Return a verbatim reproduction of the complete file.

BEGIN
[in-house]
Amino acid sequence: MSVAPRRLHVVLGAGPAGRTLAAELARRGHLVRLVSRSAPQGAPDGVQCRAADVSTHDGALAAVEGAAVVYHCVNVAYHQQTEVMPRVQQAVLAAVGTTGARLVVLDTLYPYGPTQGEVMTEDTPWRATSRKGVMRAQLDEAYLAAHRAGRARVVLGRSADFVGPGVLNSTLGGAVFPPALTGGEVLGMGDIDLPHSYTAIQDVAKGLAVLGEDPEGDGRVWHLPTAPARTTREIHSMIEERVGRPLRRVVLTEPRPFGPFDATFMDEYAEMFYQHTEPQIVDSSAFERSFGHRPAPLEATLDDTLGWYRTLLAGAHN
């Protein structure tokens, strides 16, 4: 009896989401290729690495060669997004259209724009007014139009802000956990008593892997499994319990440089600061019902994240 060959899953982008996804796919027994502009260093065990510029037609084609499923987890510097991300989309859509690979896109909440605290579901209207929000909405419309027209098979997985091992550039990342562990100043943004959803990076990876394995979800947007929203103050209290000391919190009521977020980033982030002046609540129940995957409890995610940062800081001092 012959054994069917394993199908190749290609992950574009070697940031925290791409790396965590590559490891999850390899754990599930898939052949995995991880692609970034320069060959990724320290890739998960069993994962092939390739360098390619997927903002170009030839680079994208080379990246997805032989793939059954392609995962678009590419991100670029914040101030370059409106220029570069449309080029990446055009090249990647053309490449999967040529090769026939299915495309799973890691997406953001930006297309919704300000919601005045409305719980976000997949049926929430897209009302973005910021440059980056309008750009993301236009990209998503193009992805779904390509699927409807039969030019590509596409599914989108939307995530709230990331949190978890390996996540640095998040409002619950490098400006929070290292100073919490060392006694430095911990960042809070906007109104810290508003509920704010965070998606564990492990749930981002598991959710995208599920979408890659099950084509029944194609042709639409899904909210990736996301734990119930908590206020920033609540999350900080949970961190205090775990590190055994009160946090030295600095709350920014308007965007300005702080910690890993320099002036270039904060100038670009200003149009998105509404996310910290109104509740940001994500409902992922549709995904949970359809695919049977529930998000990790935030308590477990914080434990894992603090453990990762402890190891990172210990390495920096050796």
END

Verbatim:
[in-house]
Amino acid sequence: MSVAPRRLHVVLGAGPAGRTLAAELARRGHLVRLVSRSAPQGAPDGVQCRAADVSTHDGALAAVEGAAVVYHCVNVAYHQQTEVMPRVQQAVLAAVGTTGARLVVLDTLYPYGPTQGEVMTEDTPWRATSRKGVMRAQLDEAYLAAHRAGRARVVLGRSADFVGPGVLNSTLGGAVFPPALTGGEVLGMGDIDLPHSYTAIQDVAKGLAVLGEDPEGDGRVWHLPTAPARTTREIHSMIEERVGRPLRRVVLTEPRPFGPFDATFMDEYAEMFYQHTEPQIVDSSAFERSFGHRPAPLEATLDDTLGWYRTLLAGAHN
């Protein structure tokens, strides 16, 4: 009896989401290729690495060669997004259209724009007014139009802000956990008593892997499994319990440089600061019902994240 060959899953982008996804796919027994502009260093065990510029037609084609499923987890510097991300989309859509690979896109909440605290579901209207929000909405419309027209098979997985091992550039990342562990100043943004959803990076990876394995979800947007929203103050209290000391919190009521977020980033982030002046609540129940995957409890995610940062800081001092 012959054994069917394993199908190749290609992950574009070697940031925290791409790396965590590559490891999850390899754990599930898939052949995995991880692609970034320069060959990724320290890739998960069993994962092939390739360098390619997927903002170009030839680079994208080379990246997805032989793939059954392609995962678009590419991100670029914040101030370059409106220029570069449309080029990446055009090249990647053309490449999967040529090769026939299915495309799973890691997406953001930006297309919704300000919601005045409305719980976000997949049926929430897209009302973005910021440059980056309008750009993301236009990209998503193009992805779904390509699927409807039969030019590509596409599914989108939307995530709230990331949190978890390996996540640095998040409002619950490098400006929070290292100073919490060392006694430095911990960042809070906007109104810290508003509920704010965070998606564990492990749930981002598991959710995208599920979408890659099950084509029944194609042709639409899904909210990736996301734990119930908590206020920033609540999350900080949970961190205090775990590190055994009160946090030295600095709350920014308007965007300005702080910690890993320099002036270039904060100038670009200003149009998105509404996310910290109104509740940001994500409902992922549709995904949970359809695919049977529930998000990790935030308590477990914080434990894992603090453990990762402890190891990172210990390495920096050796």